I am not a gamer. I say that with no arrogance or judgment. I learned, from alarmingly strong (albeit thankfully short-lived) addictions to things as simple as Tetris, Solitaire, FreeCell, Minesweeper, Wolfenstein (yeah, I’m old), and various word games that I am far too inclined to spend too much time that I simply don't have in such pursuits. I just have to stay away from such things. I don’t have enough discipline to devote only small amounts of time to them, to spend just a few minutes taking a mental break. No, I start playing and three hours later, I feel I have nothing to show for my time. (Strangely, I don’t feel this way if I spend, say, nearly three hours playing real-world Scrabble.) Knowing this about myself, I have always been too nervous to explore virtual worlds, computer role-playing games, etc., fearing I would never again get anything done in the “real” world.
So of course I was especially intrigued to discover an article called "Al-Andalus 2.0" in the July/August issue of Saudi Aramco World (a very well-produced print magazine that is always full of interesting and original stories, and which will give you a subscription free for the asking) about the virtual community of Al-Andalus in the 3D online game Second Life. The article is written by Joshua Fouts, the Senior Fellow for Digital Media and Public Policy at the Center for the Study of the Presidency and Congress, a non-partisan NGO, who did a study with Rita J. King (whose list of roles is too long and varied to include here) called “Digital Diplomacy: Understanding Islam Through Virtual Worlds”.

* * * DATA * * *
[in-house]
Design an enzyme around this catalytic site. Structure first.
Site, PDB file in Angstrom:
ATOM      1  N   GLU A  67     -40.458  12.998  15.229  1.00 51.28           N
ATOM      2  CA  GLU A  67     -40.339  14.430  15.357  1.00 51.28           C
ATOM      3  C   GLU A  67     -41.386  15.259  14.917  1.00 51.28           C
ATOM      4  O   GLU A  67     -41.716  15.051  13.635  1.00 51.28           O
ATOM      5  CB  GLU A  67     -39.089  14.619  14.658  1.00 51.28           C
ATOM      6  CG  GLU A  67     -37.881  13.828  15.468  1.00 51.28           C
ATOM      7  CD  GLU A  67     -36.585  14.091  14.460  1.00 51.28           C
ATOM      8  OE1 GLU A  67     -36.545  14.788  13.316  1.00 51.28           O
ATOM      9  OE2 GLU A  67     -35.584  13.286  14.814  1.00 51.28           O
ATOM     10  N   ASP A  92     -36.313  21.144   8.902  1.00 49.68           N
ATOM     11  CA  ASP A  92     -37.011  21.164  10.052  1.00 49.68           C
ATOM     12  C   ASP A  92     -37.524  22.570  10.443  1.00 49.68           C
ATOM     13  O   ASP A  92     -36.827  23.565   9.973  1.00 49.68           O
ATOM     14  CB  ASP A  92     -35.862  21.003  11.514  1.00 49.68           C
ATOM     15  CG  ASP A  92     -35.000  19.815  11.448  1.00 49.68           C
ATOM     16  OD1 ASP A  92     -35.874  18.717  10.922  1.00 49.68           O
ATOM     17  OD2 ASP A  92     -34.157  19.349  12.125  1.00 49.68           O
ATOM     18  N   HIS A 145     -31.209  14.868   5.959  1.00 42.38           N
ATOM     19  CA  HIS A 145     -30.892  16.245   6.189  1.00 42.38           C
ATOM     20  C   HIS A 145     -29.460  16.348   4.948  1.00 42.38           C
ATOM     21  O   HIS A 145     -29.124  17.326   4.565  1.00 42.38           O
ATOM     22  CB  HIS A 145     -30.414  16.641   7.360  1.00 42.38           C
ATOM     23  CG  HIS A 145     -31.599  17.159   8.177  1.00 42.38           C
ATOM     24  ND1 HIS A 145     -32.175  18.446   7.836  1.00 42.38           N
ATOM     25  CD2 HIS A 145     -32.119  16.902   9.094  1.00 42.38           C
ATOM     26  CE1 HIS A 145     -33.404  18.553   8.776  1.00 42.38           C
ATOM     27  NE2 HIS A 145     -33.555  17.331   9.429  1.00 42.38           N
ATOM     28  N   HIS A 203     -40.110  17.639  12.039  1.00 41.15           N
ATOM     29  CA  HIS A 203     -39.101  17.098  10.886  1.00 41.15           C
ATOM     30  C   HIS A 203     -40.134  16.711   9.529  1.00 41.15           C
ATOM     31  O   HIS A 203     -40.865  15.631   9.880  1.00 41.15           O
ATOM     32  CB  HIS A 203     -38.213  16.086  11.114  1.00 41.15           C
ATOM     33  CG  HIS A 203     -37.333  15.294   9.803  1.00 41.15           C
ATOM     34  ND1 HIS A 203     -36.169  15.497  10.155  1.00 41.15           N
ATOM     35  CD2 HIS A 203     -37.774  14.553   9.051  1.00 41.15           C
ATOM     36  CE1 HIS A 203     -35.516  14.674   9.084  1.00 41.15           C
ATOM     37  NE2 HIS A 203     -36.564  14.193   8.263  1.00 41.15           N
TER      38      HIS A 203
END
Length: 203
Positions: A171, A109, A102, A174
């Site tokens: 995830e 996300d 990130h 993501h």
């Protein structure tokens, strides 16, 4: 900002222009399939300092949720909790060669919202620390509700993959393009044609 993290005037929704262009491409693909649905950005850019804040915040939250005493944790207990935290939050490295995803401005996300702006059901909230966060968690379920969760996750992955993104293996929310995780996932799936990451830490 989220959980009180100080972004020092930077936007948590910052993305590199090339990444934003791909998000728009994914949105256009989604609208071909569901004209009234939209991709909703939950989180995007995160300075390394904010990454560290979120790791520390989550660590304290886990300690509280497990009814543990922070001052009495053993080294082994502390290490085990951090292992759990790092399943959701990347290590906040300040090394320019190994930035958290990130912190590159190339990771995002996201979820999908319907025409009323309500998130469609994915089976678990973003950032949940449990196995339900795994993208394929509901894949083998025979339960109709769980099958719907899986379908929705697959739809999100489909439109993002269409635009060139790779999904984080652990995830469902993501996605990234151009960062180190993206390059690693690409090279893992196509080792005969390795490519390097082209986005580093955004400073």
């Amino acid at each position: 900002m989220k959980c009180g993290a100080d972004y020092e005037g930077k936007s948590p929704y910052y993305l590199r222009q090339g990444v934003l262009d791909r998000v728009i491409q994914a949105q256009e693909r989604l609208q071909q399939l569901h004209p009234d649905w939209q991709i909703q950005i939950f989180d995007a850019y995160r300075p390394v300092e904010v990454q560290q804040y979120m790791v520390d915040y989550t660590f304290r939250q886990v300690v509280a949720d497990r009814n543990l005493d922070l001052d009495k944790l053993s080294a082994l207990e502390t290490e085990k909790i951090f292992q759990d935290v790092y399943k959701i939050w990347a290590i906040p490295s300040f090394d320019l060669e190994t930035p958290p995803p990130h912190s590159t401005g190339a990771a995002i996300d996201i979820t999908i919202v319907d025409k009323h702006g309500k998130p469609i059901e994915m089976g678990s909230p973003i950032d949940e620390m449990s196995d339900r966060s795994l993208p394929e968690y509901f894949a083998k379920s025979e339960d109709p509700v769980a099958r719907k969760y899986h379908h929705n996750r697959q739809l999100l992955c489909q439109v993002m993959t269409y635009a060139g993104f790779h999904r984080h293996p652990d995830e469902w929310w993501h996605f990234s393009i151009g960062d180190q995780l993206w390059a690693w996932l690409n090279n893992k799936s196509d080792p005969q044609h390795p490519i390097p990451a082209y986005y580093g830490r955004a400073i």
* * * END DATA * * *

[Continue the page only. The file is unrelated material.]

King and Fouts chose to look at Second Life for various reasons, including the fact that it is completely user-created, it is the largest of the virtual worlds, and the vast majority (more than 70%) of its users are from outside the
In our study, we learned that the more time that users invest in their Second Life experiences, the more they come to express high degrees of creativity and understanding of each other.
Apparently, in the Second Life community of Al-Andalus, hundreds of users from all over the world are exploring modern-day manifestations of convivencia, a term that evokes the predominantly creative and peaceful coexistence of Jews, Christians,and Muslims that once prevailed in medieval
I suspect this is an accurate characterization of the tensions present in Second Life’s Al-Andalus. While the Saudi Aramco World article paints a very positive picture of convivencia in the game, the short video documentary the researchers made about it (see below) suggests that there are significant interreligious and intrareligious tensions: the video makes mention of one player’s avatar, who is perpetually upset about visitors to the virtual mosque who don’t remove their shoes, and wants to ban them from the simulation. Other players oppose his wishes.
I was also
fascinated to read, for example, that one player from
I am definitely captivated. But when I’m two weeks away from starting my honours thesis, it’s probably not the time to start exploring virtual life. On the other hand, my thesis is on multiple religious belonging, so maybe I can work SL’s Al-Andalus into it somehow…